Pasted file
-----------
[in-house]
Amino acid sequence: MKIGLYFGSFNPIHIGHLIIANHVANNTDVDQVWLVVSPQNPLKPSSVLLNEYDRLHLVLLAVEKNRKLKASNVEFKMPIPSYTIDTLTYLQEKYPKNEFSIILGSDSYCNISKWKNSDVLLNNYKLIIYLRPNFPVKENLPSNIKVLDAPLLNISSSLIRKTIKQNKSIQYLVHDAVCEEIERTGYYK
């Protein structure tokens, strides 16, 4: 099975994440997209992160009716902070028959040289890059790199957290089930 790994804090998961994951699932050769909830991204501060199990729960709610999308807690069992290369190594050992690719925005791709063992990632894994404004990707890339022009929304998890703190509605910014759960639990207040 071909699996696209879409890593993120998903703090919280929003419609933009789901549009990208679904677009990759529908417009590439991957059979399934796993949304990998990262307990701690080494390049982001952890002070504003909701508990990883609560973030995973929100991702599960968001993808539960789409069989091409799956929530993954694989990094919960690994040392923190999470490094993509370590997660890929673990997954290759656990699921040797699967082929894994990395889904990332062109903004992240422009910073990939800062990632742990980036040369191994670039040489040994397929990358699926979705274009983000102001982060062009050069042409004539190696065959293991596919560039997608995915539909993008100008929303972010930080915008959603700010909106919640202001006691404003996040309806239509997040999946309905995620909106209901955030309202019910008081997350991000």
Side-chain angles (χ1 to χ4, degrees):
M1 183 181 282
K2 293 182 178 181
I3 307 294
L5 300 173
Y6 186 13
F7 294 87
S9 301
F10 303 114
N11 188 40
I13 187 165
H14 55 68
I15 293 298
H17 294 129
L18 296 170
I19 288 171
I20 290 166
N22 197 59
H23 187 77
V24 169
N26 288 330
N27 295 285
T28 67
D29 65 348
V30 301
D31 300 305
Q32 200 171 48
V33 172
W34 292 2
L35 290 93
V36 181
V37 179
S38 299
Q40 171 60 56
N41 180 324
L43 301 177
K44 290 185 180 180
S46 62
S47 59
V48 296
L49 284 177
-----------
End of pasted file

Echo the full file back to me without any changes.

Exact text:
[in-house]
Amino acid sequence: MKIGLYFGSFNPIHIGHLIIANHVANNTDVDQVWLVVSPQNPLKPSSVLLNEYDRLHLVLLAVEKNRKLKASNVEFKMPIPSYTIDTLTYLQEKYPKNEFSIILGSDSYCNISKWKNSDVLLNNYKLIIYLRPNFPVKENLPSNIKVLDAPLLNISSSLIRKTIKQNKSIQYLVHDAVCEEIERTGYYK
């Protein structure tokens, strides 16, 4: 099975994440997209992160009716902070028959040289890059790199957290089930 790994804090998961994951699932050769909830991204501060199990729960709610999308807690069992290369190594050992690719925005791709063992990632894994404004990707890339022009929304998890703190509605910014759960639990207040 071909699996696209879409890593993120998903703090919280929003419609933009789901549009990208679904677009990759529908417009590439991957059979399934796993949304990998990262307990701690080494390049982001952890002070504003909701508990990883609560973030995973929100991702599960968001993808539960789409069989091409799956929530993954694989990094919960690994040392923190999470490094993509370590997660890929673990997954290759656990699921040797699967082929894994990395889904990332062109903004992240422009910073990939800062990632742990980036040369191994670039040489040994397929990358699926979705274009983000102001982060062009050069042409004539190696065959293991596919560039997608995915539909993008100008929303972010930080915008959603700010909106919640202001006691404003996040309806239509997040999946309905995620909106209901955030309202019910008081997350991000």
Side-chain angles (χ1 to χ4, degrees):
M1 183 181 282
K2 293 182 178 181
I3 307 294
L5 300 173
Y6 186 13
F7 294 87
S9 301
F10 303 114
N11 188 40
I13 187 165
H14 55 68
I15 293 298
H17 294 129
L18 296 170
I19 288 171
I20 290 166
N22 197 59
H23 187 77
V24 169
N26 288 330
N27 295 285
T28 67
D29 65 348
V30 301
D31 300 305
Q32 200 171 48
V33 172
W34 292 2
L35 290 93
V36 181
V37 179
S38 299
Q40 171 60 56
N41 180 324
L43 301 177
K44 290 185 180 180
S46 62
S47 59
V48 296
L49 284 177